DIRECT MEASUREMENT OF ACTIVE DISPERSAL OF FOOD-FALLS BY DEEP-SEA DEMERSAL FISHES

Imants George Priede, Philip Michael Bagley, John D. Armstrong, Kenneth L. Smith, N R MERRETT

Research output: Contribution to journalArticle

83 Citations (Scopus)

Abstract

BAITED cameras on the deep ocean floor first revealed the presence of communities of scavengers, including deep demersal fishes capable of consuming food falls and thus dispersing surface-derived organic carbon 1-3. By embedding acoustic transmitters in baits and deploying them together with an automatic tracking system and cameras on the sea floor 4, 5, we have now tracked the speeds and directions of departing deep demersal scavenging fishes. At a series of stations between 4,000 and 6,000 m deep in the Northern Hemisphere, in contrasting trophic regimes, we have found that two closely related species of fish, Coryphaenoides (Nematonurus) armatus and C.(N.) yaquinae have a significant role in bait dispersal. Even in remote oligotrophic locations, transmitters were consumed rapidly and were removed from the area of detection at a mean velocity of 0.11 m s-1. We find that these fish are active foragers, constantly moving independently of bottom currents. This result is contrary to previous speculation of passive or drifting strategies 6 which might have been expected to conserve energy in a food-limiting environment.

Original languageEnglish
Pages (from-to)647-649
Number of pages3
JournalNature
Volume351
Issue number6328
Publication statusPublished - 20 Jun 1991

Keywords

  • ATLANTIC-OCEAN
  • ABYSSAL
  • CORYPHAENOIDES
  • INSITU
  • BAIT

Cite this

Priede, I. G., Bagley, P. M., Armstrong, J. D., Smith, K. L., & MERRETT, N. R. (1991). DIRECT MEASUREMENT OF ACTIVE DISPERSAL OF FOOD-FALLS BY DEEP-SEA DEMERSAL FISHES. Nature, 351(6328), 647-649.

DIRECT MEASUREMENT OF ACTIVE DISPERSAL OF FOOD-FALLS BY DEEP-SEA DEMERSAL FISHES. / Priede, Imants George; Bagley, Philip Michael; Armstrong, John D.; Smith, Kenneth L.; MERRETT, N R .

In: Nature, Vol. 351, No. 6328, 20.06.1991, p. 647-649.

Research output: Contribution to journalArticle

Priede, IG, Bagley, PM, Armstrong, JD, Smith, KL & MERRETT, NR 1991, 'DIRECT MEASUREMENT OF ACTIVE DISPERSAL OF FOOD-FALLS BY DEEP-SEA DEMERSAL FISHES', Nature, vol. 351, no. 6328, pp. 647-649.
Priede IG, Bagley PM, Armstrong JD, Smith KL, MERRETT NR. DIRECT MEASUREMENT OF ACTIVE DISPERSAL OF FOOD-FALLS BY DEEP-SEA DEMERSAL FISHES. Nature. 1991 Jun 20;351(6328):647-649.
Priede, Imants George ; Bagley, Philip Michael ; Armstrong, John D. ; Smith, Kenneth L. ; MERRETT, N R . / DIRECT MEASUREMENT OF ACTIVE DISPERSAL OF FOOD-FALLS BY DEEP-SEA DEMERSAL FISHES. In: Nature. 1991 ; Vol. 351, No. 6328. pp. 647-649.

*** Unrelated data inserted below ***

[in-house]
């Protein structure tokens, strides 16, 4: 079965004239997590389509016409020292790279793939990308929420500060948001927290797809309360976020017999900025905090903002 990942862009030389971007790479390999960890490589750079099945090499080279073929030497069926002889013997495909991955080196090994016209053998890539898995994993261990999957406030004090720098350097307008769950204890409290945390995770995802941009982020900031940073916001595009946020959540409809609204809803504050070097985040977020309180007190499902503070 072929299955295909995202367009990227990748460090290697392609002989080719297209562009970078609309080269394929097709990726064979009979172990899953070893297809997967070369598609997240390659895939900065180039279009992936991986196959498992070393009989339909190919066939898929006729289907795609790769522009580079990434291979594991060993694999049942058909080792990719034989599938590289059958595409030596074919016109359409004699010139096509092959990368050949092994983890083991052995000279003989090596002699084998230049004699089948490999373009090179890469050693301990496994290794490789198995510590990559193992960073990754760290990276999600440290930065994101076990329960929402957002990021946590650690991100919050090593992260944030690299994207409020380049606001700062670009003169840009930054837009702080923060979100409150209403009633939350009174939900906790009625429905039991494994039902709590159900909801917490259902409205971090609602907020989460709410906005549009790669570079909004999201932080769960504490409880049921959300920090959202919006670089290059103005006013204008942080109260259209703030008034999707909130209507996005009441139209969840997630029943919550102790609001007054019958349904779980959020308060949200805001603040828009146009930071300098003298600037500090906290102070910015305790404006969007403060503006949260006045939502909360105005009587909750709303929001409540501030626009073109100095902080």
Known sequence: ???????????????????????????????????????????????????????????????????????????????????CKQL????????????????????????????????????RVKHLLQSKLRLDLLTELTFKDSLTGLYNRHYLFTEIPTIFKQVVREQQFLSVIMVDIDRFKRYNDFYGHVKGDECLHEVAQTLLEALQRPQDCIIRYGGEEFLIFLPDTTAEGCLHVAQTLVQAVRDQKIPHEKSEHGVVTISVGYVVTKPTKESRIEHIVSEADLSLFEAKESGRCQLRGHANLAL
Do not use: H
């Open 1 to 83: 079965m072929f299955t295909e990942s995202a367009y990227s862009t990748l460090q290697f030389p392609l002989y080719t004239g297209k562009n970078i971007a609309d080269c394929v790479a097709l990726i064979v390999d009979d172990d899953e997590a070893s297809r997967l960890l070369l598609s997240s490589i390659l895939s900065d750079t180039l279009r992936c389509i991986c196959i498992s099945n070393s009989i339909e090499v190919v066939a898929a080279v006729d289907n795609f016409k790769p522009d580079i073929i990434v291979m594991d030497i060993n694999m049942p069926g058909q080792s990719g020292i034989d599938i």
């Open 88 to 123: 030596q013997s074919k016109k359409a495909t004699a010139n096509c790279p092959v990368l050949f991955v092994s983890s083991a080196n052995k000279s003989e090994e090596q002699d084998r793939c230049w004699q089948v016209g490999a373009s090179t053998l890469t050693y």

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abstract = "BAITED cameras on the deep ocean floor first revealed the presence of communities of scavengers, including deep demersal fishes capable of consuming food falls and thus dispersing surface-derived organic carbon 1-3. By embedding acoustic transmitters in baits and deploying them together with an automatic tracking system and cameras on the sea floor 4, 5, we have now tracked the speeds and directions of departing deep demersal scavenging fishes. At a series of stations between 4,000 and 6,000 m deep in the Northern Hemisphere, in contrasting trophic regimes, we have found that two closely related species of fish, Coryphaenoides (Nematonurus) armatus and C.(N.) yaquinae have a significant role in bait dispersal. Even in remote oligotrophic locations, transmitters were consumed rapidly and were removed from the area of detection at a mean velocity of 0.11 m s-1. We find that these fish are active foragers, constantly moving independently of bottom currents. This result is contrary to previous speculation of passive or drifting strategies 6 which might have been expected to conserve energy in a food-limiting environment.",
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AB - BAITED cameras on the deep ocean floor first revealed the presence of communities of scavengers, including deep demersal fishes capable of consuming food falls and thus dispersing surface-derived organic carbon 1-3. By embedding acoustic transmitters in baits and deploying them together with an automatic tracking system and cameras on the sea floor 4, 5, we have now tracked the speeds and directions of departing deep demersal scavenging fishes. At a series of stations between 4,000 and 6,000 m deep in the Northern Hemisphere, in contrasting trophic regimes, we have found that two closely related species of fish, Coryphaenoides (Nematonurus) armatus and C.(N.) yaquinae have a significant role in bait dispersal. Even in remote oligotrophic locations, transmitters were consumed rapidly and were removed from the area of detection at a mean velocity of 0.11 m s-1. We find that these fish are active foragers, constantly moving independently of bottom currents. This result is contrary to previous speculation of passive or drifting strategies 6 which might have been expected to conserve energy in a food-limiting environment.

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